According to a new survey of more than 48,000 online users, 61 percent of the world’s online population now accesses the Internet on a daily basis versus 54 percent for TV, 36 percent for radio, and 32 percent for newspapers. However, online users in the world’s most developed markets — despite having access to advanced Internet infrastructures — are less engaged than their counterparts in the world’s rapidly growing emerging markets.
According to U.K.-based research agency TNS, user engagement in Egypt (56 percent) and China (54 percent) is significantly higher than in Finland (26 percent), Denmark (25 percent) or Japan (20 percent). “The Internet is a huge part of life in the 21st century,” observed TNS Chief Development Officer Matthew Froggatt. “But how it affects our lives varies depending upon where in the world you live.”
A Host of New Reasons
For many online users in the developed world, the Internet has “become a commoditized item that consumers take for granted,” Froggatt said. By contrast, the sustained investments in infrastructure that have recently taken place in emerging markets are giving online users there a host of new reasons to embrace new channels in much more active ways, he added.
“The digital world is transforming how they live, develop and interact,” Froggatt said. “And online consumers in these markets are leaving those in the developed world behind in terms of being active online and engaging in new forms of communications.”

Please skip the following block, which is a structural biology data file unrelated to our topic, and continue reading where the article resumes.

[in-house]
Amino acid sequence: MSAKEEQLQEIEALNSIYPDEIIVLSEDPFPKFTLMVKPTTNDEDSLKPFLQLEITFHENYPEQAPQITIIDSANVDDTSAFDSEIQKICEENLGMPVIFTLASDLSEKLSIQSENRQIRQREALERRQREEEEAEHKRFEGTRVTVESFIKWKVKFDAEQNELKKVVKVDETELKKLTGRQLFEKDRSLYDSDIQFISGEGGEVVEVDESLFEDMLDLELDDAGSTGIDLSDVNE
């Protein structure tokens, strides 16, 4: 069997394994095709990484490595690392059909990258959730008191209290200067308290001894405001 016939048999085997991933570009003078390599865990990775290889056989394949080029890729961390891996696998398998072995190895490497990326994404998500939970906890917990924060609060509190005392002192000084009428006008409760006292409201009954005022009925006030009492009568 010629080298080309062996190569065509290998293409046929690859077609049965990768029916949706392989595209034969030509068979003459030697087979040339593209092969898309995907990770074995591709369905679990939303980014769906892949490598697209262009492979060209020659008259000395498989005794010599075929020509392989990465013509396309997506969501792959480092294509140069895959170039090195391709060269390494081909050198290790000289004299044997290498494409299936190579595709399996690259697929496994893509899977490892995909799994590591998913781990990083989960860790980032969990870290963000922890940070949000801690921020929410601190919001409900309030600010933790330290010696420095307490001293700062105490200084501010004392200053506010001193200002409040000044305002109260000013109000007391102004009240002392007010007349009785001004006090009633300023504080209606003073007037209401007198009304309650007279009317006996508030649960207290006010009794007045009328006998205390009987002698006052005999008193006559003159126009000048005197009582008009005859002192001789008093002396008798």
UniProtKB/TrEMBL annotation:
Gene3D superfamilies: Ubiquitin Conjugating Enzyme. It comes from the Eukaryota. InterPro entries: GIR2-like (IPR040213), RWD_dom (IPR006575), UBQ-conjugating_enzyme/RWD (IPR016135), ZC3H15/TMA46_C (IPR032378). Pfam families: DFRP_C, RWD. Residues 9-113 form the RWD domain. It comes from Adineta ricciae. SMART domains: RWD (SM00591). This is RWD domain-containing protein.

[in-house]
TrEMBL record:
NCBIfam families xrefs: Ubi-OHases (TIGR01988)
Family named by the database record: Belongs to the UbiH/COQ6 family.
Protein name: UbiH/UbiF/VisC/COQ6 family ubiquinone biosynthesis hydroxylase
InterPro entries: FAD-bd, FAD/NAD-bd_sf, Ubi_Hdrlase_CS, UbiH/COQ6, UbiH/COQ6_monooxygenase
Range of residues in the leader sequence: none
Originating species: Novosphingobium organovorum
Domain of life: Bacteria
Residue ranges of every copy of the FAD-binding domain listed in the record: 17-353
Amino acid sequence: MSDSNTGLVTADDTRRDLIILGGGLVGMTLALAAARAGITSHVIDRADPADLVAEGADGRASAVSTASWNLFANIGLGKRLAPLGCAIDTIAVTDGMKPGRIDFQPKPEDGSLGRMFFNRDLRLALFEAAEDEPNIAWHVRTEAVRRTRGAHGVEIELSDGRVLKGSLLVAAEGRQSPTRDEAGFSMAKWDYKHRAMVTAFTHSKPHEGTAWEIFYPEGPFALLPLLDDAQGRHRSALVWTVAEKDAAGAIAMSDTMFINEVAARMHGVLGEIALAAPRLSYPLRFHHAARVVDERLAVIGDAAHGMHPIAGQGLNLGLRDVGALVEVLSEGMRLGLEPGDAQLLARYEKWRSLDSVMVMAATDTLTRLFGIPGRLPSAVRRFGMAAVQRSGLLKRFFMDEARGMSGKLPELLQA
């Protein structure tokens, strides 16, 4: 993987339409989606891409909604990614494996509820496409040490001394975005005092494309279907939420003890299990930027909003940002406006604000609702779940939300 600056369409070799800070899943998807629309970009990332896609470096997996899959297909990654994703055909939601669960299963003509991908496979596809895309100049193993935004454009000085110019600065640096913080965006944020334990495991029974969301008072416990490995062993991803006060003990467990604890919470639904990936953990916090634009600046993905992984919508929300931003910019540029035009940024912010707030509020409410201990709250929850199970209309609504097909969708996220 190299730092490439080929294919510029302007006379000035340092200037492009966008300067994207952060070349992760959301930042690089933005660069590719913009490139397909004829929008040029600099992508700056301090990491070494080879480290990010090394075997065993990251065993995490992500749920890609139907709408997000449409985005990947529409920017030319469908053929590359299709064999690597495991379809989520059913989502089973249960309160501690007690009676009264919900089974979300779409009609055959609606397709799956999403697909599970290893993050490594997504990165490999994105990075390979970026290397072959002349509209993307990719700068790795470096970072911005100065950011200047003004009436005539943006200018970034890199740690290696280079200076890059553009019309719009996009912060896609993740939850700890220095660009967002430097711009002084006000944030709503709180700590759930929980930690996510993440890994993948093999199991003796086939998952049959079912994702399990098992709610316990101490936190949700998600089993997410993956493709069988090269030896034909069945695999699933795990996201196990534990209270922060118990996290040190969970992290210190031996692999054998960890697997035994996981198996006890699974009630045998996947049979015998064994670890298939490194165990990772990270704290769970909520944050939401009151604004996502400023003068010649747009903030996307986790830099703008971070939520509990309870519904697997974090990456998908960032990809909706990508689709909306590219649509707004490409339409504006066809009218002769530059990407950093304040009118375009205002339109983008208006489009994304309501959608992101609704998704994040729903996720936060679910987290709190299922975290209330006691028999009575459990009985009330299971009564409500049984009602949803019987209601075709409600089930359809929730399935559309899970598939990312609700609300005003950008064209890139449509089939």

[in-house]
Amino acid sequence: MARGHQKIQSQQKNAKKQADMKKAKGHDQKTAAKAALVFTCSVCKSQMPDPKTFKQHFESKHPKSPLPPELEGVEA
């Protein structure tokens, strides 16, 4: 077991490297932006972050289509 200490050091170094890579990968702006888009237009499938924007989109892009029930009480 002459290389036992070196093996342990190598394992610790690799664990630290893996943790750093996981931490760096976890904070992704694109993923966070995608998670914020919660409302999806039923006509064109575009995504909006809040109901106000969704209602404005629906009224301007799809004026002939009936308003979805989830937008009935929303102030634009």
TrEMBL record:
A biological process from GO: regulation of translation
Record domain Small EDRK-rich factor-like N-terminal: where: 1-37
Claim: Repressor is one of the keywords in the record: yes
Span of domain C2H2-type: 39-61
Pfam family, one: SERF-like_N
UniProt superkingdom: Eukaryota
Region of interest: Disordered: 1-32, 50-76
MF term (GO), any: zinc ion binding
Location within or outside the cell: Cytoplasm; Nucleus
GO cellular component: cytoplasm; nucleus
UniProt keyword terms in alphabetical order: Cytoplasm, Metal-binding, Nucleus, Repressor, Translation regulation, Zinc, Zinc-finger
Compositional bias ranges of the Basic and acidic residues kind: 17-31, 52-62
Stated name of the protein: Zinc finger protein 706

In the world’s more developed markets, online users spend 5.1 hours per week on average in their e-mail inboxes compared to just 3.8 hours on social-networking activities. By contrast, online emerging-market users spend 5.2 hours per week engaged in social-networking activities, compared to only four hours on e-mail.
The popularity of social networking is particularly high in nations such as Malaysia, where online users engage in such activities for about 9 hours per week on average. Social networking is also on the rise in the emerging markets of Russia (8.1 hours) and Turkey (7.7 hours), TNS researchers said.
The amount of time users spend on social networking can be attributed in part to the number of online friends that users are able to cultivate over time. Malaysian and Brazilian users are the most liberal with more than 230 online friends on average, while the Japanese are the most conservative with just 29 friends. (By Mark Long )
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